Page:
Where do your loyalties lie? Huskers or Longhorns? Green Bay or Giants? West O or Midtown (or, as a friend called it, the cool part of the city or BFE?) Where do you fit in, belong…feel comfortable? If you spent a couple of months at Occupy Omaha, would you go to your neighbor the cop’s back yard barbeque? If you were invited to a gathering of people who were predominantly Hindu or Muslim, would you feel comfortable going?
If a nice, kind, thoughtful fundamentalist evangelical Christian invited you to coffee to talk about your trip to Turkey, would you go?
I did. I’ve scanned her church’s website, found the document stating, for example, that they believe the Bible’s literally, inerrantly true, and that they aren’t “egalitarian”, that only men are meant to be heads of households and elders in the church. (I mentioned this to my husband and without missing a beat, he said, “You’ll tell me if that’s how things are supposed to work, right?” You betcha, babe. Love my hub.)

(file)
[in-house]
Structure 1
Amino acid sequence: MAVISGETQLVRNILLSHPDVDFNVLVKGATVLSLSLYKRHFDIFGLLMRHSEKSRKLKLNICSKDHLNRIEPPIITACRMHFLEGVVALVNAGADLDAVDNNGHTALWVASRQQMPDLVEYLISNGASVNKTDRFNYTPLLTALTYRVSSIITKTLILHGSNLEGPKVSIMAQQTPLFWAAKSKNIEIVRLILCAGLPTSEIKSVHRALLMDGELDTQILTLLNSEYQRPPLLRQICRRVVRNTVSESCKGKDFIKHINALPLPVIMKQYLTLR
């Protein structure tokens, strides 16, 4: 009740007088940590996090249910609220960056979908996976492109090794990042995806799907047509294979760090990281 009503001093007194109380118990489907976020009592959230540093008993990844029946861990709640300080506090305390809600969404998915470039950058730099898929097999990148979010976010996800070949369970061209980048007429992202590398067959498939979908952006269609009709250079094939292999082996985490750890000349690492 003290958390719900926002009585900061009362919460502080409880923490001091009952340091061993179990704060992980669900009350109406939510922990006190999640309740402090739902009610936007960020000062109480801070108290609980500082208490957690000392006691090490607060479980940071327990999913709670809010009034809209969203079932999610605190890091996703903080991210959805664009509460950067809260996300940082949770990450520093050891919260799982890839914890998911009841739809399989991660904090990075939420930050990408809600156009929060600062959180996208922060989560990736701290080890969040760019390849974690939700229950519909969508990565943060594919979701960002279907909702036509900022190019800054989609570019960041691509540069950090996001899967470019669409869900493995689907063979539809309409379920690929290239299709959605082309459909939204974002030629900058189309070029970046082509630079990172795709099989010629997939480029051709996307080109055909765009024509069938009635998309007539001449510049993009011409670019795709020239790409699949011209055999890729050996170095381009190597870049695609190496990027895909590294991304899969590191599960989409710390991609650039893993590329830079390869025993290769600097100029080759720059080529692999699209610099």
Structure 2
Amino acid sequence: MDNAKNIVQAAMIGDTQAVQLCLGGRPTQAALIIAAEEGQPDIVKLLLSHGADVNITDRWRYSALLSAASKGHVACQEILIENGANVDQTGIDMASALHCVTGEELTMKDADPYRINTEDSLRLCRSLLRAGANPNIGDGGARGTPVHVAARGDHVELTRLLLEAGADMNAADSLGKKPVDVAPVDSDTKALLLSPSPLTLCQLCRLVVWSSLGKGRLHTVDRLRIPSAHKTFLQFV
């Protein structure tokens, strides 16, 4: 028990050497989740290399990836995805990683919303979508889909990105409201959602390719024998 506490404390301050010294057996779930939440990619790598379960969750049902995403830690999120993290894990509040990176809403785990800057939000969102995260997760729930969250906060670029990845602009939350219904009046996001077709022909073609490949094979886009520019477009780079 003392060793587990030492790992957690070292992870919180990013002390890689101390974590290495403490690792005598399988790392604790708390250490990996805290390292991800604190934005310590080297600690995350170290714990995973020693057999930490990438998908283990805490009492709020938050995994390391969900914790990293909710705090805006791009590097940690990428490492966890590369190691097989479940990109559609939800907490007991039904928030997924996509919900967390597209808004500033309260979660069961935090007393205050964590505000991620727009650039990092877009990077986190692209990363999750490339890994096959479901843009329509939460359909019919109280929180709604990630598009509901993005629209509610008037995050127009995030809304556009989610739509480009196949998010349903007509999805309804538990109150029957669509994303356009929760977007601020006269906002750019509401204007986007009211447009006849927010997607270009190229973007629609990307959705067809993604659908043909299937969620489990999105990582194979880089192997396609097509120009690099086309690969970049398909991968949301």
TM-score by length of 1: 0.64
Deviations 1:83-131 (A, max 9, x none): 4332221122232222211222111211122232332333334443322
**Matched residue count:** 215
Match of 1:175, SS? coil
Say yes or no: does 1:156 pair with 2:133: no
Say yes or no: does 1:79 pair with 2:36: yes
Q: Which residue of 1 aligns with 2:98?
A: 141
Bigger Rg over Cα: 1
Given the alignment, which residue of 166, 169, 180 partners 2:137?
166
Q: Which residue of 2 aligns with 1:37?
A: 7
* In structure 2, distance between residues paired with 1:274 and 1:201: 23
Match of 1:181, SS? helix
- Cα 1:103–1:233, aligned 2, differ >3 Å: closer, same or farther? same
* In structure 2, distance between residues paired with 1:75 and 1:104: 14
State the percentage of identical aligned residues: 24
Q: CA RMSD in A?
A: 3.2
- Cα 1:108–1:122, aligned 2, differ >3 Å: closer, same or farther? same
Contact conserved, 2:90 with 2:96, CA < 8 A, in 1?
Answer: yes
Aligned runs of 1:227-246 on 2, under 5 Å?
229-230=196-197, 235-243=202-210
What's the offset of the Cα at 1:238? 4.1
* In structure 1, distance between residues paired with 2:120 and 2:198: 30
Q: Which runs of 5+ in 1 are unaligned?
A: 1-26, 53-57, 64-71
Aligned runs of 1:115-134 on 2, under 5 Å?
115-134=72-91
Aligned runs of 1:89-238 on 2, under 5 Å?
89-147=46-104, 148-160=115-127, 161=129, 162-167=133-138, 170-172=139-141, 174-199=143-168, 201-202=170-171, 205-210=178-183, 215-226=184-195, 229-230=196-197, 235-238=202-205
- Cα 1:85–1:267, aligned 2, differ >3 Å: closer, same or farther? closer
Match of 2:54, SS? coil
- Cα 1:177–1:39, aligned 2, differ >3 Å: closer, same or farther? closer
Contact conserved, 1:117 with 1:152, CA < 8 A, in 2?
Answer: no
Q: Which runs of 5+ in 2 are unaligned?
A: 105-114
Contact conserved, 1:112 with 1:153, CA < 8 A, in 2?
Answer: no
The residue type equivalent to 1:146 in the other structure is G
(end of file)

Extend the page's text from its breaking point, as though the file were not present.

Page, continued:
It’s easy for me to make fun of things like that because at one level they’re so ridiculous they, well, invite ridicule. I could blog forever about the insanity of trying to structure a twenty-first century family and life on first century culture, but all I’ll do is send my blood pressure into the danger zone. Worse, I’ll further solidify my membership in the group known as the “peace-loving, forward-thinking, progressive, intellectual, grasping-the-clearly-obvious Christians”, which automatically lumps my friend into the group most easily labeled as “the other”.
This causes me some cognitive dissonance, because the most basic thing I believe, the single defining framework for my life is that we all belong to God. All of us, no matter your ideology, theology, or ethnicity. However you identify yourself, I believe you belong to God, and the more I open myself to God’s presence in my life, the more aware I am of the labels we seem biologically hardwired to develop, refine, use, apply, judge, or even kill each other for.
We like being right, and we like belonging, but the ultimate relationship transcends rightness, belonging, or membership. The ultimate relationship is with God, and this relationship is available to all people, even my friend who grounds her life in the opposite end of the theological spectrum. So I take my friend’s outpouring of interest at face value, and I plan get coffee with her again and listen some more.
This time, I’ll ask some questions, too. 🙂